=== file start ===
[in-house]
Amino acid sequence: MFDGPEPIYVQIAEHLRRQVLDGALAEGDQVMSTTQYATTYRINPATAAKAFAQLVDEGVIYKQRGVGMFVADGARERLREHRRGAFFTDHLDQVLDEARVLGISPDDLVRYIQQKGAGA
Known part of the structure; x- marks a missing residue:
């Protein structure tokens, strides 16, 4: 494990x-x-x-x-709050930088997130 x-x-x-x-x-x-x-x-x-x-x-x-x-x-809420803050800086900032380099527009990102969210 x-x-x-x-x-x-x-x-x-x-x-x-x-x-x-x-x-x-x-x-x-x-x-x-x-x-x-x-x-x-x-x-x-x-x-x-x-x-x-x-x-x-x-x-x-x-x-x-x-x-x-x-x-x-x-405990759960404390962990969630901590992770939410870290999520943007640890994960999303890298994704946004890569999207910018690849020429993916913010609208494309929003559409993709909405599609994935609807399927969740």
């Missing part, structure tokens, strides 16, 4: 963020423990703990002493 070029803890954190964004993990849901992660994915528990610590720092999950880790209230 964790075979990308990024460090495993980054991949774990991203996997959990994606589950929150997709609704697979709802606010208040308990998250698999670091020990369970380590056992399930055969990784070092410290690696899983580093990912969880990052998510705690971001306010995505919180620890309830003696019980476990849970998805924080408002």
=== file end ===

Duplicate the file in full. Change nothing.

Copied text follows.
[in-house]
Amino acid sequence: MFDGPEPIYVQIAEHLRRQVLDGALAEGDQVMSTTQYATTYRINPATAAKAFAQLVDEGVIYKQRGVGMFVADGARERLREHRRGAFFTDHLDQVLDEARVLGISPDDLVRYIQQKGAGA
Known part of the structure; x- marks a missing residue:
């Protein structure tokens, strides 16, 4: 494990x-x-x-x-709050930088997130 x-x-x-x-x-x-x-x-x-x-x-x-x-x-809420803050800086900032380099527009990102969210 x-x-x-x-x-x-x-x-x-x-x-x-x-x-x-x-x-x-x-x-x-x-x-x-x-x-x-x-x-x-x-x-x-x-x-x-x-x-x-x-x-x-x-x-x-x-x-x-x-x-x-x-x-x-x-405990759960404390962990969630901590992770939410870290999520943007640890994960999303890298994704946004890569999207910018690849020429993916913010609208494309929003559409993709909405599609994935609807399927969740």
């Missing part, structure tokens, strides 16, 4: 963020423990703990002493 070029803890954190964004993990849901992660994915528990610590720092999950880790209230 964790075979990308990024460090495993980054991949774990991203996997959990994606589950929150997709609704697979709802606010208040308990998250698999670091020990369970380590056992399930055969990784070092410290690696899983580093990912969880990052998510705690971001306010995505919180620890309830003696019980476990849970998805924080408002």